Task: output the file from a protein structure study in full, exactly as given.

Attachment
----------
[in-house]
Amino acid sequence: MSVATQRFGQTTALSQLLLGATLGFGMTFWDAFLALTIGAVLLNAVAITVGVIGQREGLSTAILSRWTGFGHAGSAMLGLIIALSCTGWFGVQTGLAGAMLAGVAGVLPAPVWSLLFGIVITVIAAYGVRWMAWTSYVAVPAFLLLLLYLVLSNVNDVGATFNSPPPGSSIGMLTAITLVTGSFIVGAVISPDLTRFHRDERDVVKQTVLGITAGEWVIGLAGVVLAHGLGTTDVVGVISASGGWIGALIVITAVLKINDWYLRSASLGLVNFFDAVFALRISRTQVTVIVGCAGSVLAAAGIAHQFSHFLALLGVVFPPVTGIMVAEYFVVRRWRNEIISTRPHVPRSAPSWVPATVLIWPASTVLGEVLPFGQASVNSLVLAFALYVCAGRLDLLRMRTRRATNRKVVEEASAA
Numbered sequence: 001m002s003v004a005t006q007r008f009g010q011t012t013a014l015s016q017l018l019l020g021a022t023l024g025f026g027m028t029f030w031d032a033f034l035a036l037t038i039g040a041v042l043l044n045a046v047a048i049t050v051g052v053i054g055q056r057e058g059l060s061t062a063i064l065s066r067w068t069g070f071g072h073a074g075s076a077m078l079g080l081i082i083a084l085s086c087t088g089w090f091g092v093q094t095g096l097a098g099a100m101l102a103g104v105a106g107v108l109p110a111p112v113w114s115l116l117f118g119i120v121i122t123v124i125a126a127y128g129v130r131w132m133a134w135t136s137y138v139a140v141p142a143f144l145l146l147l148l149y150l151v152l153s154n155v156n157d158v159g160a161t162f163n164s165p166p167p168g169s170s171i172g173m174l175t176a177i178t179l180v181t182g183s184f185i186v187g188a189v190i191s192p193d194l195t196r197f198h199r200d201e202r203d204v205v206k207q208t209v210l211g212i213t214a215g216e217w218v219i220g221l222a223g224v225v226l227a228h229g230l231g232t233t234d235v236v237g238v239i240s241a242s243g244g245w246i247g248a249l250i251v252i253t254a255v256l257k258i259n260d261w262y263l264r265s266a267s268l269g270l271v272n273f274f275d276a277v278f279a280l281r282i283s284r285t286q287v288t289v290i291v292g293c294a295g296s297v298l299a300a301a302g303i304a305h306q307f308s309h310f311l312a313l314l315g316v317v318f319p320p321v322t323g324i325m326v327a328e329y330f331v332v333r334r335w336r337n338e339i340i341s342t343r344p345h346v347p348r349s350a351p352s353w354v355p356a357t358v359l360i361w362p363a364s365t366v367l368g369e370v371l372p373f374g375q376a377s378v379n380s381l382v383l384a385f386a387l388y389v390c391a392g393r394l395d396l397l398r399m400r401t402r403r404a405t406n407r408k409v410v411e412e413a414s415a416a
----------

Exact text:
[in-house]
Amino acid sequence: MSVATQRFGQTTALSQLLLGATLGFGMTFWDAFLALTIGAVLLNAVAITVGVIGQREGLSTAILSRWTGFGHAGSAMLGLIIALSCTGWFGVQTGLAGAMLAGVAGVLPAPVWSLLFGIVITVIAAYGVRWMAWTSYVAVPAFLLLLLYLVLSNVNDVGATFNSPPPGSSIGMLTAITLVTGSFIVGAVISPDLTRFHRDERDVVKQTVLGITAGEWVIGLAGVVLAHGLGTTDVVGVISASGGWIGALIVITAVLKINDWYLRSASLGLVNFFDAVFALRISRTQVTVIVGCAGSVLAAAGIAHQFSHFLALLGVVFPPVTGIMVAEYFVVRRWRNEIISTRPHVPRSAPSWVPATVLIWPASTVLGEVLPFGQASVNSLVLAFALYVCAGRLDLLRMRTRRATNRKVVEEASAA
Numbered sequence: 001m002s003v004a005t006q007r008f009g010q011t012t013a014l015s016q017l018l019l020g021a022t023l024g025f026g027m028t029f030w031d032a033f034l035a036l037t038i039g040a041v042l043l044n045a046v047a048i049t050v051g052v053i054g055q056r057e058g059l060s061t062a063i064l065s066r067w068t069g070f071g072h073a074g075s076a077m078l079g080l081i082i083a084l085s086c087t088g089w090f091g092v093q094t095g096l097a098g099a100m101l102a103g104v105a106g107v108l109p110a111p112v113w114s115l116l117f118g119i120v121i122t123v124i125a126a127y128g129v130r131w132m133a134w135t136s137y138v139a140v141p142a143f144l145l146l147l148l149y150l151v152l153s154n155v156n157d158v159g160a161t162f163n164s165p166p167p168g169s170s171i172g173m174l175t176a177i178t179l180v181t182g183s184f185i186v187g188a189v190i191s192p193d194l195t196r197f198h199r200d201e202r203d204v205v206k207q208t209v210l211g212i213t214a215g216e217w218v219i220g221l222a223g224v225v226l227a228h229g230l231g232t233t234d235v236v237g238v239i240s241a242s243g244g245w246i247g248a249l250i251v252i253t254a255v256l257k258i259n260d261w262y263l264r265s266a267s268l269g270l271v272n273f274f275d276a277v278f279a280l281r282i283s284r285t286q287v288t289v290i291v292g293c294a295g296s297v298l299a300a301a302g303i304a305h306q307f308s309h310f311l312a313l314l315g316v317v318f319p320p321v322t323g324i325m326v327a328e329y330f331v332v333r334r335w336r337n338e339i340i341s342t343r344p345h346v347p348r349s350a351p352s353w354v355p356a357t358v359l360i361w362p363a364s365t366v367l368g369e370v371l372p373f374g375q376a377s378v379n380s381l382v383l384a385f386a387l388y389v390c391a392g393r394l395d396l397l398r399m400r401t402r403r404a405t406n407r408k409v410v411e412e413a414s415a416a